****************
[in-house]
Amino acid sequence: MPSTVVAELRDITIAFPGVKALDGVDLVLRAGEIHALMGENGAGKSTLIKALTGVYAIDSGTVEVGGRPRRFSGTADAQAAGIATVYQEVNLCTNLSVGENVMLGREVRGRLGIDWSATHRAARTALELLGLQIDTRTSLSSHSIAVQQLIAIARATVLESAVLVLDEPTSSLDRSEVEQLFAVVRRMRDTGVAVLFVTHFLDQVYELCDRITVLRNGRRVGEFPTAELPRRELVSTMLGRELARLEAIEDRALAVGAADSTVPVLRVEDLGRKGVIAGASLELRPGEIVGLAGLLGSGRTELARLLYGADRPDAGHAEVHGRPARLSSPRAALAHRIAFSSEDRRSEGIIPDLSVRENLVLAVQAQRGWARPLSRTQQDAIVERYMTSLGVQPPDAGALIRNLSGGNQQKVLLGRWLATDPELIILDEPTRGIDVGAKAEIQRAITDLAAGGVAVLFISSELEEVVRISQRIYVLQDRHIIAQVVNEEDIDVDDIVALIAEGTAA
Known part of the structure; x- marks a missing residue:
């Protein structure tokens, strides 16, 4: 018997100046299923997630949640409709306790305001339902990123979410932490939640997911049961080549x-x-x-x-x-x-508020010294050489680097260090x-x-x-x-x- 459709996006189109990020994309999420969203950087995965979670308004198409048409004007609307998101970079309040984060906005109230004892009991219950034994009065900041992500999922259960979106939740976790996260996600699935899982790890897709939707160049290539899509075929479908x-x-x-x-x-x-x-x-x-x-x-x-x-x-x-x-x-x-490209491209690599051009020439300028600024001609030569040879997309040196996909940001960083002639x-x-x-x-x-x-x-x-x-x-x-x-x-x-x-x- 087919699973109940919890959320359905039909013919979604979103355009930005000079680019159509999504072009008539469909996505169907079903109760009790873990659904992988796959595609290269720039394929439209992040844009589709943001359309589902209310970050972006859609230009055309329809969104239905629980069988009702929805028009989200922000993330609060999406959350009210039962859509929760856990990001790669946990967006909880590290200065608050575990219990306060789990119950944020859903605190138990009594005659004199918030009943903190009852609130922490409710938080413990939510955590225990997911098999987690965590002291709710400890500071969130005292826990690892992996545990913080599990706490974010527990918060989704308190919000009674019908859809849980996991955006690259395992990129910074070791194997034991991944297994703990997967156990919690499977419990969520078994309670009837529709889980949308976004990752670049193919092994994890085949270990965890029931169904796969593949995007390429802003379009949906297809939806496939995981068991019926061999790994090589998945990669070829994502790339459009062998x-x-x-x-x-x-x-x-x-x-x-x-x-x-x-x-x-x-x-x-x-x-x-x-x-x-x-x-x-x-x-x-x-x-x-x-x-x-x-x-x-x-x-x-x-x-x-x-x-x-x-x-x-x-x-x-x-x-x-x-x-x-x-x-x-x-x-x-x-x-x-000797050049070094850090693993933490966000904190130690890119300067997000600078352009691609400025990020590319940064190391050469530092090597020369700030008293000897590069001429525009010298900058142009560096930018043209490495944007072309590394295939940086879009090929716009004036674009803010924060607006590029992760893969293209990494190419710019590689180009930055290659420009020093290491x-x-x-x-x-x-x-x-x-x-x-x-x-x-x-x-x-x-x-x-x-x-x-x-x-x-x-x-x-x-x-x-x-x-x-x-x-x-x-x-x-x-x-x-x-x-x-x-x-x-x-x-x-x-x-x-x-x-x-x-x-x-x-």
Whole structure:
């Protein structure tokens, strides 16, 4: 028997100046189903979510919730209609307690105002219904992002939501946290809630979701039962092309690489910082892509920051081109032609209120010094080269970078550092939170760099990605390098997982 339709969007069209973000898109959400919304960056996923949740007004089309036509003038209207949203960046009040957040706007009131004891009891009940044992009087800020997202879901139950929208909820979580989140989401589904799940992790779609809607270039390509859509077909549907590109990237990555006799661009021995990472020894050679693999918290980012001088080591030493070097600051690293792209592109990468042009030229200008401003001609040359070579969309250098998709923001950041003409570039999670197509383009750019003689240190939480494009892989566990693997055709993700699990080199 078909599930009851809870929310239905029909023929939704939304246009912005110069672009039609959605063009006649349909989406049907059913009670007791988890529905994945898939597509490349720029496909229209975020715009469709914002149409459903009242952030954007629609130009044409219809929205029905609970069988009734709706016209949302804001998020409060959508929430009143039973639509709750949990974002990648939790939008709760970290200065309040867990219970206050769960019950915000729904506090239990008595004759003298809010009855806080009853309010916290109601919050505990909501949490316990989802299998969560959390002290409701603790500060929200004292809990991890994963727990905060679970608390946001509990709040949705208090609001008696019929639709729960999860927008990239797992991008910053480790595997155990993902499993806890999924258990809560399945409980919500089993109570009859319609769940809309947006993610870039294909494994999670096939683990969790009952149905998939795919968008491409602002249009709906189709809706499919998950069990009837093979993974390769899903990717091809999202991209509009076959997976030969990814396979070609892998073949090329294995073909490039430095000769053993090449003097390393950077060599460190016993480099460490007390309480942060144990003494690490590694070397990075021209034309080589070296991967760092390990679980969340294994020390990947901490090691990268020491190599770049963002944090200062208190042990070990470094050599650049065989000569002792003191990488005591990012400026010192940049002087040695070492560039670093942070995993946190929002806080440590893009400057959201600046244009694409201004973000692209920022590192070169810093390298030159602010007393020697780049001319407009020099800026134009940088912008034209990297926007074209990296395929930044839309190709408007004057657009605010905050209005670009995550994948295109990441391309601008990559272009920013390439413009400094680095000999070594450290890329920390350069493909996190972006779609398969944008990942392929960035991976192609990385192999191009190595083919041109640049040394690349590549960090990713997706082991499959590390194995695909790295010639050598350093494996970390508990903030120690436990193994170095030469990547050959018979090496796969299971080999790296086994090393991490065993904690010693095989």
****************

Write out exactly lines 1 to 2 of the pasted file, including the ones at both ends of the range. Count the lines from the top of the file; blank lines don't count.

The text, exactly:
[in-house]
Amino acid sequence: MPSTVVAELRDITIAFPGVKALDGVDLVLRAGEIHALMGENGAGKSTLIKALTGVYAIDSGTVEVGGRPRRFSGTADAQAAGIATVYQEVNLCTNLSVGENVMLGREVRGRLGIDWSATHRAARTALELLGLQIDTRTSLSSHSIAVQQLIAIARATVLESAVLVLDEPTSSLDRSEVEQLFAVVRRMRDTGVAVLFVTHFLDQVYELCDRITVLRNGRRVGEFPTAELPRRELVSTMLGRELARLEAIEDRALAVGAADSTVPVLRVEDLGRKGVIAGASLELRPGEIVGLAGLLGSGRTELARLLYGADRPDAGHAEVHGRPARLSSPRAALAHRIAFSSEDRRSEGIIPDLSVRENLVLAVQAQRGWARPLSRTQQDAIVERYMTSLGVQPPDAGALIRNLSGGNQQKVLLGRWLATDPELIILDEPTRGIDVGAKAEIQRAITDLAAGGVAVLFISSELEEVVRISQRIYVLQDRHIIAQVVNEEDIDVDDIVALIAEGTAA